Since Putin gave the go-ahead for more than 100,000 Russian troops lined on Ukraine’s border to invade its neighbour, the UK has been widely-praised for its military and humanitarian response. Britain has provided Ukraine with defensive weapons, including more than 3,600 anti-tank missiles, and civilian supplies like generators and medicines – and sent humanitarian aid totalling almost £400 million.
Seven leading Russian oligarchs and 386 members of the Russian Duma have been hit with asset freezes while, last week, the UK Government published an initial list of goods worth £900million that will now face additional 35 percent tariff, on top of current tariffs.
But Britain has received criticism in some quarters for being slower to crack down on Kremlin-linked money than Europe.
The UK is also only major European country not to have a full open door policy for Ukrainians fleeing the war, and has so far taken fewer refugees than its neighbours.
Now former Finnish Prime Minister Alexander Stubb, whose country shares a 1,340km border with Russia, has launched a stunning attack against Mr Johnson claims Britain is leading the way in “standing up to Putin”.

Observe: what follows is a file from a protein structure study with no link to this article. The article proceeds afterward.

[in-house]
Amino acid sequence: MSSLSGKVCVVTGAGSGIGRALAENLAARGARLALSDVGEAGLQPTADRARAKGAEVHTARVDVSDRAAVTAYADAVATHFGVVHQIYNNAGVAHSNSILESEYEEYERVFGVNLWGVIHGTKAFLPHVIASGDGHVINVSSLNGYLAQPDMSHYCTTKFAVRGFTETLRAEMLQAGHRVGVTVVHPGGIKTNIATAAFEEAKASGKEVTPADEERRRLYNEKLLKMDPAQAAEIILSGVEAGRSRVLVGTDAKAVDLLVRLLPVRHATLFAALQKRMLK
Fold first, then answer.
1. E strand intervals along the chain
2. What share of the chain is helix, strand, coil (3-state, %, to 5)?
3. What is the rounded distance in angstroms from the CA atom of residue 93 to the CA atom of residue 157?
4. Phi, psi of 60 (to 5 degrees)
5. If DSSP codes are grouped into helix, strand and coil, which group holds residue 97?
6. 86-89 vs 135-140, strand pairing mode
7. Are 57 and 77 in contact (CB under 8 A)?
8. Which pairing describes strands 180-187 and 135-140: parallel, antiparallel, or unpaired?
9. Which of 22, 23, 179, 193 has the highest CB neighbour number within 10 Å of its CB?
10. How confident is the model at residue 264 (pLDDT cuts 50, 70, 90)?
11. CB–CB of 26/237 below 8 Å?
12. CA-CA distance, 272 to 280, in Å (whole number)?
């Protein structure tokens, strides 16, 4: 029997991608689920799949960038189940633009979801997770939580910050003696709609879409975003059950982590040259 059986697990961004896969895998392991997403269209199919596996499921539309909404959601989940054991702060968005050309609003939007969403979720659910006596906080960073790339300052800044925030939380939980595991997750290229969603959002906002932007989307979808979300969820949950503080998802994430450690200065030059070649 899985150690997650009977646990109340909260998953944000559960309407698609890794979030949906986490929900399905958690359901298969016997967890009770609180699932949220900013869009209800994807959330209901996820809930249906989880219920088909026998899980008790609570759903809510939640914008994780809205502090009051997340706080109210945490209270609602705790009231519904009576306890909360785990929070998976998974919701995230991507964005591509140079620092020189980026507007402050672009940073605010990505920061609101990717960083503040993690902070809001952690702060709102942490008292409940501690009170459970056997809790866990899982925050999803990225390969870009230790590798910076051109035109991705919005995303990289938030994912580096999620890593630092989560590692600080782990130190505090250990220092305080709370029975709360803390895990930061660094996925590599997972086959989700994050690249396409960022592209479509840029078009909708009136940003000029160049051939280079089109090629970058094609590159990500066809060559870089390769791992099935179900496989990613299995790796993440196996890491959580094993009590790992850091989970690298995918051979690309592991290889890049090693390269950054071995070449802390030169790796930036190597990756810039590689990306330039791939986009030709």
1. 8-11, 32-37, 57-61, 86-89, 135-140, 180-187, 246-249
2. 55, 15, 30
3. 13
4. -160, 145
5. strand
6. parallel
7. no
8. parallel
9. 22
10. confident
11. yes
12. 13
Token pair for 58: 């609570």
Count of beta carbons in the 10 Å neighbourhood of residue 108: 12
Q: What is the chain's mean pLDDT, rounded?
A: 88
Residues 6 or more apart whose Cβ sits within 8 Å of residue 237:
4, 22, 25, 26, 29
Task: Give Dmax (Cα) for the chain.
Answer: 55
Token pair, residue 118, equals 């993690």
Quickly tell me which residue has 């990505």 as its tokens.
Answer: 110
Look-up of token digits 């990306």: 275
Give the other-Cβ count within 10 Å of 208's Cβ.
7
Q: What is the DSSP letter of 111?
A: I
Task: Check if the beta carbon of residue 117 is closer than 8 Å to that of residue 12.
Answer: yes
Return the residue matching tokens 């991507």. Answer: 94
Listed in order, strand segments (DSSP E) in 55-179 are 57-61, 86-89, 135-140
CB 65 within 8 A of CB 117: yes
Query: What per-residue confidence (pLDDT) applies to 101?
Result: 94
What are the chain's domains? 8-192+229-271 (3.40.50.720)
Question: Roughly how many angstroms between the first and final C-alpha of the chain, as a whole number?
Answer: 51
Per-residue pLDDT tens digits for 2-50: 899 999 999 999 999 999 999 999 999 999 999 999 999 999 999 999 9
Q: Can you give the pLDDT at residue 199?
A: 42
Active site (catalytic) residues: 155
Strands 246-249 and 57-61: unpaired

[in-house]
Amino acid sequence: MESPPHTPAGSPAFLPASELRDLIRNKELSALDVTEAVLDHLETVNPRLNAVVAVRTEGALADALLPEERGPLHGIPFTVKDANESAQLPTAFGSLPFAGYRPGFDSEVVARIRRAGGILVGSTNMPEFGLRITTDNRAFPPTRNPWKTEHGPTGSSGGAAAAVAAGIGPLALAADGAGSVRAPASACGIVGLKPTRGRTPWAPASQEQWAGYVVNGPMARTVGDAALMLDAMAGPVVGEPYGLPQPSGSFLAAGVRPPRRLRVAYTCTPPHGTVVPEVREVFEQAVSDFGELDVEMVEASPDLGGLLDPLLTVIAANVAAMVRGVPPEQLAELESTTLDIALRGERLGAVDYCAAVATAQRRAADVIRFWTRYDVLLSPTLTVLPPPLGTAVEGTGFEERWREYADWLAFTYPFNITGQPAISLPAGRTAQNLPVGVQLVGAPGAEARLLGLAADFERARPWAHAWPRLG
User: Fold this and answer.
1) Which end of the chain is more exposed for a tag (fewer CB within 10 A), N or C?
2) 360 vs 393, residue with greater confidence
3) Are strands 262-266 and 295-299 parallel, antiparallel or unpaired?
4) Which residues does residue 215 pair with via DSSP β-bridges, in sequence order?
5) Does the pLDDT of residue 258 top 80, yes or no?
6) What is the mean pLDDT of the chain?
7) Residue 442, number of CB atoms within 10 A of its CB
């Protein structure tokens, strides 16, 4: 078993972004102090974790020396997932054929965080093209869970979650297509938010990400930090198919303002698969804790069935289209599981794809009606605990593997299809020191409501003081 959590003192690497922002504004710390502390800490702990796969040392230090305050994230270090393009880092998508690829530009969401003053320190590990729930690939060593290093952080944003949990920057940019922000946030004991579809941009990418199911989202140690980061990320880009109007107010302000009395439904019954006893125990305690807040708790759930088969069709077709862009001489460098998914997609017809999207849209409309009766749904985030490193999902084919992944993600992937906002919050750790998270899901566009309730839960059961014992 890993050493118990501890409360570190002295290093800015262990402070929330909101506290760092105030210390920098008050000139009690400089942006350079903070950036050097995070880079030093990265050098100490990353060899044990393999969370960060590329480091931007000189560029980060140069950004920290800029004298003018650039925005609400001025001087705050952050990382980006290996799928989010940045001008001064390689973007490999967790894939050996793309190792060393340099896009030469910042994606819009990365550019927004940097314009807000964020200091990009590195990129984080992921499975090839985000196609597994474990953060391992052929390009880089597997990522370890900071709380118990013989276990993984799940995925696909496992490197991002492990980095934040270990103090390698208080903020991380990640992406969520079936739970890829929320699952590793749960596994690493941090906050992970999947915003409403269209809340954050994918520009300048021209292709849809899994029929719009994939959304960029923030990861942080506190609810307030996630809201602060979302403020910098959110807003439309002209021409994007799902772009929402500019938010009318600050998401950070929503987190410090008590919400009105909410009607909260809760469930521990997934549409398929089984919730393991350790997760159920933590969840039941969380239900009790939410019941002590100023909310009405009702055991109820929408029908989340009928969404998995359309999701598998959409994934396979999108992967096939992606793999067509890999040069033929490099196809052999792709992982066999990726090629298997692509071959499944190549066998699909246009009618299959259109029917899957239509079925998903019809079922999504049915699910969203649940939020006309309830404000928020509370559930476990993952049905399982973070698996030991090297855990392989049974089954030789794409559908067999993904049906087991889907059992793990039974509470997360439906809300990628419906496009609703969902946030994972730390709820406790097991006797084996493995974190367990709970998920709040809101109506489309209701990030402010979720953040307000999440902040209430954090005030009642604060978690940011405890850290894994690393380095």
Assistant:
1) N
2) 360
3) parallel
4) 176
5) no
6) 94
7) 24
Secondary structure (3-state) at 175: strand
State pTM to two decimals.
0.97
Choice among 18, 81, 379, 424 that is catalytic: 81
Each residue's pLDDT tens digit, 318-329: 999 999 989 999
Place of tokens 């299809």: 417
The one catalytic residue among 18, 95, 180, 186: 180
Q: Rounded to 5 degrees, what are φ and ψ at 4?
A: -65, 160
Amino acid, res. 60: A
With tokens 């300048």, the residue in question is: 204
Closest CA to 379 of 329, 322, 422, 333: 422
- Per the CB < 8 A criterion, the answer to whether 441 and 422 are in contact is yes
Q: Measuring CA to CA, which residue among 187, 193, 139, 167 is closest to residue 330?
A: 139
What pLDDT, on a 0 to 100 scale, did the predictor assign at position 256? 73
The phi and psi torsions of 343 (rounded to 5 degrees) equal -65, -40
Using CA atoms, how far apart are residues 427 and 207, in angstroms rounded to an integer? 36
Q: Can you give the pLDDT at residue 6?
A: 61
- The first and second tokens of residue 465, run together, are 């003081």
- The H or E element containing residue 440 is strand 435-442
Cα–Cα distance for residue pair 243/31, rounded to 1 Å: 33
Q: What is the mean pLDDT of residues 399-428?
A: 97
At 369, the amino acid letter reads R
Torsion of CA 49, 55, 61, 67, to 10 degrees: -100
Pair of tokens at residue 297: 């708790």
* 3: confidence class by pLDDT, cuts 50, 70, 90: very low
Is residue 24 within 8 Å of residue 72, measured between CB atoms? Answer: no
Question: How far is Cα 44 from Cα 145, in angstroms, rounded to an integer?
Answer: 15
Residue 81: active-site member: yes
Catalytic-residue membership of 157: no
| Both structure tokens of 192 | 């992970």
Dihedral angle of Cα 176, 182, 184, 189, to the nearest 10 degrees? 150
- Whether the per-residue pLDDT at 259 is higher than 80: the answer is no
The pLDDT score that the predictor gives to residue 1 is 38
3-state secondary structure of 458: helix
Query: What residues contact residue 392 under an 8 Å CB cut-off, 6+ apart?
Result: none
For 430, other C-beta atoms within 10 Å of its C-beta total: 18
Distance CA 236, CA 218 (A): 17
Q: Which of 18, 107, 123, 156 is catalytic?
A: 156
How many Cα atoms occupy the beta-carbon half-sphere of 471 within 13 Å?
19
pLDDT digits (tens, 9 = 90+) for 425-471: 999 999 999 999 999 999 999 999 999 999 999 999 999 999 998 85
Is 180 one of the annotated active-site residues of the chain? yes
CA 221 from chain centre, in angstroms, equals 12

The conservative ex-leader, who was elected to the European Parliament in 2004, said: “This idea about ‘Global Britain’ is as true as ‘peaceful Russia’.
“Simply utter rubbish, to put it diplomatically.
“To claim that Boris Johnson ‘has taken a lead globally in standing up to Putin’ is an illusion only possible in Brexit la la land.”
The comments from Mr Stubb comes as Mr Johnson faces a furious backlash after comparing the struggle of Ukrainians fighting the Russian invasion to British people voting for Brexit.
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“It’s because they wanted to be free to do things differently and for this country to be able to run itself.”
The comments were quickly dismissed by former European Council President Donald Tusk, who tweeted: “Boris Johnson likens Ukrainians’ fight to British people voting for Brexit.
“I can still remember the enthusiasm of Putin and Trump after the referendum.
“Boris, your words offend Ukrainians, the British and common sense.”
Former Belgian Prime Minister and current MEP Guy Verhofstadt, another leading critic of Brexit from within the EU, said the comparison was “insane”.
But Rishi Sunak moved quickly to insist he did not think Mr Johnson had been suggesting the UK’s decision to leave the European Union and the fight against Russia’s invasion in Ukraine were “analogous”.
Speaking to Sky News’s Sophy Ridge On Sunday programme, the Chancellor said: “No, I don’t think those two situations are directly analogous.
“Clearly they are not directly analogous and I don’t think the Prime Minister was saying that they were directly analogous either.”
Mr Sunak added: “People will draw their own conclusions. People can make up their own minds.”